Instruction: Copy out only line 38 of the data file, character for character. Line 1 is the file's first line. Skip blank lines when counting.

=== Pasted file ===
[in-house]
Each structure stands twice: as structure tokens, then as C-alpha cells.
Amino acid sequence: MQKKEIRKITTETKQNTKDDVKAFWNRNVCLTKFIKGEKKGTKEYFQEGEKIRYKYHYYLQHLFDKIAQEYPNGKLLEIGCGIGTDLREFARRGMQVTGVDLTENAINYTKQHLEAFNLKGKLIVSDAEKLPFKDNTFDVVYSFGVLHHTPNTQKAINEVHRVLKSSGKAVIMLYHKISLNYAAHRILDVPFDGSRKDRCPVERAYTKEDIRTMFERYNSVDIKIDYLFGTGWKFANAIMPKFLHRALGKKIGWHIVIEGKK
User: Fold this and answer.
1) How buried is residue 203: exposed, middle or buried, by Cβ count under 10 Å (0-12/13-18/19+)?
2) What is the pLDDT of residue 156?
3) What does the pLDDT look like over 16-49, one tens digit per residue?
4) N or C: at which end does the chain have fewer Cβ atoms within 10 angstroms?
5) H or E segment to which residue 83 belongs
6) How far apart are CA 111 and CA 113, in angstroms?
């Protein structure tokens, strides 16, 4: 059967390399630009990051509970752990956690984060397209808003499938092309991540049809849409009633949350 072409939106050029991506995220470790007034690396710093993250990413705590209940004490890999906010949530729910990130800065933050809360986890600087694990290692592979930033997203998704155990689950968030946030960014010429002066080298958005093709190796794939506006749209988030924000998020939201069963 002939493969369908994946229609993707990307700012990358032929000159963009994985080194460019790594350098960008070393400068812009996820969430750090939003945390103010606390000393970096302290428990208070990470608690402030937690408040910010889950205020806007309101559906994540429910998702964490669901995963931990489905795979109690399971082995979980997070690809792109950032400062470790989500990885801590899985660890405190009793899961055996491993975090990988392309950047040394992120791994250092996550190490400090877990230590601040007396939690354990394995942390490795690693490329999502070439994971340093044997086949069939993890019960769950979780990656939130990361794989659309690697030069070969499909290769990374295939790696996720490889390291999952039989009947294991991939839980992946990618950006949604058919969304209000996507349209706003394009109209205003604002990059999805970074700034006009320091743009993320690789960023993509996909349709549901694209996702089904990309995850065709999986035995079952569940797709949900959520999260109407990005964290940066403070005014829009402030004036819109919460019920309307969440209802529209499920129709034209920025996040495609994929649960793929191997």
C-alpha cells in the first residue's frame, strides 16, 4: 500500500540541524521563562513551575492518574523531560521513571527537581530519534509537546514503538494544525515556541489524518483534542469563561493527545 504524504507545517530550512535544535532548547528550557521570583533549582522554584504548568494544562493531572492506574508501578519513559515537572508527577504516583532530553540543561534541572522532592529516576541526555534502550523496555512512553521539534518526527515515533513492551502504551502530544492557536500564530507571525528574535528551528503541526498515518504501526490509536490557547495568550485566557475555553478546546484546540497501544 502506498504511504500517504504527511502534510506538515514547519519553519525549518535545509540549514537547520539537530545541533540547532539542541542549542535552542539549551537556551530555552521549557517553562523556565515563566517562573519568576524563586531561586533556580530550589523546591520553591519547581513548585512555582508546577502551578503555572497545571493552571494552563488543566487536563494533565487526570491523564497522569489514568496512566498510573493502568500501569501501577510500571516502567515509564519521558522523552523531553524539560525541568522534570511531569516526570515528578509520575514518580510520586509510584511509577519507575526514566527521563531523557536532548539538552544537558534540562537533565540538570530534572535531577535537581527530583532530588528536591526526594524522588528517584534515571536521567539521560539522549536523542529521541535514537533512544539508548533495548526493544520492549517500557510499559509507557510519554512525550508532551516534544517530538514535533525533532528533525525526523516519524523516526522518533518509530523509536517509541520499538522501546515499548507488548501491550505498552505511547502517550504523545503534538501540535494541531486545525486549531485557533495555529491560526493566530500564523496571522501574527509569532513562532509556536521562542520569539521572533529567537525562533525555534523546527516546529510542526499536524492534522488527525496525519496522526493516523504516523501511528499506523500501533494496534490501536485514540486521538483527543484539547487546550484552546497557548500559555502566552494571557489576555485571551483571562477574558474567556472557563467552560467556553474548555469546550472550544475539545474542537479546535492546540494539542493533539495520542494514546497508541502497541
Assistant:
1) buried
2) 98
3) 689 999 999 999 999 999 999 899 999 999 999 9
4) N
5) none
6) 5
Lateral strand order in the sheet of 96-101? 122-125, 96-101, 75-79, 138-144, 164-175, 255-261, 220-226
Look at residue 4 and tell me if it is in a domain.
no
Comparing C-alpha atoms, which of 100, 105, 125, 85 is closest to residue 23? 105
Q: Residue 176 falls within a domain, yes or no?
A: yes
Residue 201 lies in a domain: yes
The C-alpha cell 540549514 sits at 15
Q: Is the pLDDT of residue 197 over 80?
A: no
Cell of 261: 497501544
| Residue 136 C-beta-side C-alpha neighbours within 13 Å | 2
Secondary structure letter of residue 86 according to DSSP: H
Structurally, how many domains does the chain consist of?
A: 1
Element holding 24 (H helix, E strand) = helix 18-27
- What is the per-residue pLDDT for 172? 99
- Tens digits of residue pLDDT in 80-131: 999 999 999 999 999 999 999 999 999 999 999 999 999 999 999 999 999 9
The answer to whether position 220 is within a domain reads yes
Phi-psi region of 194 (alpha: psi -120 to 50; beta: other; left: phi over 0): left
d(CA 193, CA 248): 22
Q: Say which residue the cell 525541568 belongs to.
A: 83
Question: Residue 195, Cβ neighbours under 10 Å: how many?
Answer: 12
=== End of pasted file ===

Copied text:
The answer to whether position 220 is within a domain reads yes